For my family:  Oh wow.  Dinner.  We have such a variety, that it is hard to even tell you what we eat for dinner.  I make sure our dinners have a protein, like chicken, salmon, or grass-fed beef, lots of veggies (I organically grow as many of those veggies as I possibly can) and a starch -- often it's, you guessed it, bread.  Or sweet potatoes, baked potatoes, or very rarely, pasta.  I get lots of recipes from the Sue Gregg Dinners cookbook and other recipes that I have collected over the years.  The Grocery Shrink Plus meal program is also a source, although I sometimes need to "health" them up a bit.  They are always yummy, though.

For Me:  I eat what my family eats, although I may go very light on or entirely skip the starch.  I try to load my plate as follows:  Half the plate is veggies, 1/4 is protein, and if I'm eating the starch, 1/4 the plate is starch.  That gives me an easy visual idea of what I need to eat.

Snacks:  This another way I get enough calories into my kids.  My kids usually end up eating a snack between breakfast and lunch and another between lunch and dinner.  Did I mention that my kids have healthy appetites?  And that they are skinny anyway?  I need to bottle up whatever they have going on in their metabolism and market it as a diet pill, but I digress...

I try to make snacks that include a protein, especially if there is going to be honey or other sweeteners.  Protein helps stabilize the blood sugar levels in the body.  Nut butters and dairy are easy proteins to add to desserts and snacks.  Even when I'm making something "bad" I try to include some good nutrition in there.

Some easy, go-to recipes are found in my 6 Super Quick, Sorta Healthy Kid Snacks post, like peanut butter caramel popcorn, peanut butter balls, and German Chocolate Fudge Bites.  Can you tell we have a tribe of sweet teeth around here?

Another great snack is homemade yogurt sweetened with honey, maple syrup or unrefined evaporated cane juice sugar (sweetened with stevia, for me) and fruit.  Or fruit with cheese or nuts.

A good rule of thumb is "protein and produce".  Protein pared with fruits or vegetables will fuel your body without sticking to your hips like chips and breads will.

For me: Nearly everything I've mentioned would be fine for me to eat in moderation, but I need to be careful about how much and how often.  These are mostly healthy, but all those nuts can really add on the calories, which I don't need.  If I would just give up the snacks, I would be thinner.  Double sigh...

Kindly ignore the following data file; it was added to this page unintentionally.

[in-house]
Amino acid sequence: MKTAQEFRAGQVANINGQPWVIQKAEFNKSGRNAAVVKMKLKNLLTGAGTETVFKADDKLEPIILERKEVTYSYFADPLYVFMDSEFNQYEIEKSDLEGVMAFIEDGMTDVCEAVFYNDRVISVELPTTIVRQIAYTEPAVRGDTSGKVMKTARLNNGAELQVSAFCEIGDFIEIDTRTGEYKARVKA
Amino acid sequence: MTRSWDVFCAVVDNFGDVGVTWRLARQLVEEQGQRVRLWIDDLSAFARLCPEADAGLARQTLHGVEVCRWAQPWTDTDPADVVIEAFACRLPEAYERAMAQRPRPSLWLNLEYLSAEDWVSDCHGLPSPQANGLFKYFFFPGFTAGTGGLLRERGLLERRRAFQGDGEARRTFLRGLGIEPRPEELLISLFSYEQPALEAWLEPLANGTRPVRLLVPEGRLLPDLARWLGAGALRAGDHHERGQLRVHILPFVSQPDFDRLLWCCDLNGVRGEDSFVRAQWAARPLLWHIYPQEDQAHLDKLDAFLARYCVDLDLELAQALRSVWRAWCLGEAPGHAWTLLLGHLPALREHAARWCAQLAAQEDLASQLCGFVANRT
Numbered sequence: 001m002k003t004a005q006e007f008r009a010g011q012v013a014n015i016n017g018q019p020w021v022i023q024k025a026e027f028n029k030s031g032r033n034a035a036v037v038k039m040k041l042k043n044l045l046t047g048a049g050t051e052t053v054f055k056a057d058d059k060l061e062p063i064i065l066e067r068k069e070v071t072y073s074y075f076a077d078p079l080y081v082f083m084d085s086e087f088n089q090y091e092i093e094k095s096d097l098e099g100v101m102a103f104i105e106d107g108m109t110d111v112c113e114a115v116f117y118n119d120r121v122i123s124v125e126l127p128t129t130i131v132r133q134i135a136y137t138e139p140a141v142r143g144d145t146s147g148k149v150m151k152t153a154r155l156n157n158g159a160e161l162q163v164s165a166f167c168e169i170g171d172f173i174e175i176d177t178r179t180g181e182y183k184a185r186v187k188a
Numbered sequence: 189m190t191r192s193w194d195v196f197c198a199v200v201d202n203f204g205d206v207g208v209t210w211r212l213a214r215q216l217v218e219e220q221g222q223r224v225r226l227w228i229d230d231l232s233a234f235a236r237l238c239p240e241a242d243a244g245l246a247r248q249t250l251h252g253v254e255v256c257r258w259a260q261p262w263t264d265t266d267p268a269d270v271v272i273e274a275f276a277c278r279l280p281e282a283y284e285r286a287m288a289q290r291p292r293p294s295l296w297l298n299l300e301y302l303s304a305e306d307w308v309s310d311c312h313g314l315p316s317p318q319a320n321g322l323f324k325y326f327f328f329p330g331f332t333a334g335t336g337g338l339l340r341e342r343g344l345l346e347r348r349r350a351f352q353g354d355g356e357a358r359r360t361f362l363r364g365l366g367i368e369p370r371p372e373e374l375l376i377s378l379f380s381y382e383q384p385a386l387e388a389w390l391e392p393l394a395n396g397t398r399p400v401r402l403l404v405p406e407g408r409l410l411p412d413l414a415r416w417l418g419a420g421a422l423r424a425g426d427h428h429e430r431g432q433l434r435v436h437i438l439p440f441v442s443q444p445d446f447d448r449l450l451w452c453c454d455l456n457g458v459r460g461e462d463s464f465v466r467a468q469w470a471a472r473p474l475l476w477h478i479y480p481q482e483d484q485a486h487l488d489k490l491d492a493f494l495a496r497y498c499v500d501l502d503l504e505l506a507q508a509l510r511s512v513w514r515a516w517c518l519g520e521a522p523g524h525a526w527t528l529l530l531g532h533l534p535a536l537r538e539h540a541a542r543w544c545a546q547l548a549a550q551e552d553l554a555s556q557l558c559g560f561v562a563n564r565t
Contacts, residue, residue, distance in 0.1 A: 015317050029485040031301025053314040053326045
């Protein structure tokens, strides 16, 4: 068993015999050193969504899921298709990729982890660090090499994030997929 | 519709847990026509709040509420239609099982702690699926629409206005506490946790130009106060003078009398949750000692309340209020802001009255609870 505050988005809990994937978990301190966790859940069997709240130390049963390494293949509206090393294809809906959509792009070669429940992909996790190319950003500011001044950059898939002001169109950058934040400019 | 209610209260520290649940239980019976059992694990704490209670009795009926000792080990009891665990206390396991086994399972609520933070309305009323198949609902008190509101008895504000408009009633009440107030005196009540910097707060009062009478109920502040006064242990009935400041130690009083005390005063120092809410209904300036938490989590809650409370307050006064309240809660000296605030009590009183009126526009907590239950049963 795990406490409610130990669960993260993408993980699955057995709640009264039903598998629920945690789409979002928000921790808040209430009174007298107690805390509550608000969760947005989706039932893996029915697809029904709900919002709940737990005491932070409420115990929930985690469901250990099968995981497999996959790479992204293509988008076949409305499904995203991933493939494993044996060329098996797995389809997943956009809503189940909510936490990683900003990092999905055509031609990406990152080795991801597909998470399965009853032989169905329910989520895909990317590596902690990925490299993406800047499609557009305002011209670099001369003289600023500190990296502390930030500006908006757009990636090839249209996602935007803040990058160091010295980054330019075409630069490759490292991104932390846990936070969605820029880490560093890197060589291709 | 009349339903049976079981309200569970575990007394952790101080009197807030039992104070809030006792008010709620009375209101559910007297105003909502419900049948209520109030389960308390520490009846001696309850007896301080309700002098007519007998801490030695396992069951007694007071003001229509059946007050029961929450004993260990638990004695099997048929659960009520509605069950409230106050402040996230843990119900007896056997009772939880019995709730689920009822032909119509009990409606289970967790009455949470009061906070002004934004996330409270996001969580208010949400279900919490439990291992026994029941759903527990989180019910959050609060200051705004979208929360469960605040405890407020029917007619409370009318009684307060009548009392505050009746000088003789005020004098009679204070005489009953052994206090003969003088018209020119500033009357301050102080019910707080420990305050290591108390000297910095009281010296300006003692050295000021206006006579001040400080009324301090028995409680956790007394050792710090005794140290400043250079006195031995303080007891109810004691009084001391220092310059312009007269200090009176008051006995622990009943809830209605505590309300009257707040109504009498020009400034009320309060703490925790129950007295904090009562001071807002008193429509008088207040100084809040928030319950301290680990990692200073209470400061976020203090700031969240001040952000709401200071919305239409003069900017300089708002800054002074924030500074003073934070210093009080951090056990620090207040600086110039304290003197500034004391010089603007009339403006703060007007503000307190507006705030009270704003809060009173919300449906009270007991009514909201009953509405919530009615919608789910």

Desserts:  When making desserts, often I will make pies, cobblers or puddings.  I can sneak some nutrition in there with fruits and/or dairy.   Most of my cookies even include a nut butter, and are whole grain with eggs and dairy.  The sweetener is all natural, too.  As for me, usually I skip eating the desserts or just take a nibble.   Moderation, moderation, moderation.  (Or so I tell myself.)

A couple great resources for dessert recipes are the Sue Gregg Desserts cookbook and Chocolate Covered Katie.  Oooh, and don't miss these Peanut Butter Chocolate Cups that are actually good for you.

Sometimes, though, Mama has just got to have some chocolate.  When that happens, I make myself some Coconut Freezer Fudge.  It's kind of like an Almond Joy, and the best part?  It's actually good for you.  Coconut oil and coconut meat are wonderful for your thyroid and endocrine system, and the coconut oil is a medium chain fat.  Translated, that means that it doesn't react in your body like regular fats.  Many people believe you can actually lose weight simply by switching to extra virgin coconut oil.  Plus there are antioxidants in the cocoa, minerals in the sea salt, and vitamins and enzymes in the honey.  And it's super easy to whip up.  Try keeping some in the freezer to ward off the next chocolate attack.

Angela's Coconut Freezer Fudge
Mix until smooth:
1/2 cup virgin coconut oil, melted at a very low heat
1/2 cup cocoa powder
1/8 cup raw honey (or stevia if you like, or part honey, part stevia)
1/8-1/4 tsp sea salt

Add the following ingredients, and mix until smooth and slightly thickened:
dash of real vanilla
1/2-3/4 cup organic unsweetened shredded coconut meat

If it isn't sweet enough, you can add more honey or stevia.  Pour into a small loaf pan lined with wax paper.  Pop it into the freezer and allow to harden for 20-30 minutes.  Cut into small squares. (If you forget and it gets hard enough to be difficult to cut, just break it into pieces.  I've never known a chocolate-starved mama to quibble about shape.) Store in the freezer.  There now.  You have chocolate that doesn't contain endocrine disrupting soy products, uses an oil that promotes thyroid health, and has lots of antioxidants.  Don't you feel better about your chocolate binge now?

I know that I haven't begun to scratch the surface of real food eating and I am sure I am forgetting all kinds of things.  But then, this is a beginner's guide, not a college graduate course. If you have questions, or I haven't been clear enough, ask me in the comments and I will do my best to answer them.

Have a great day!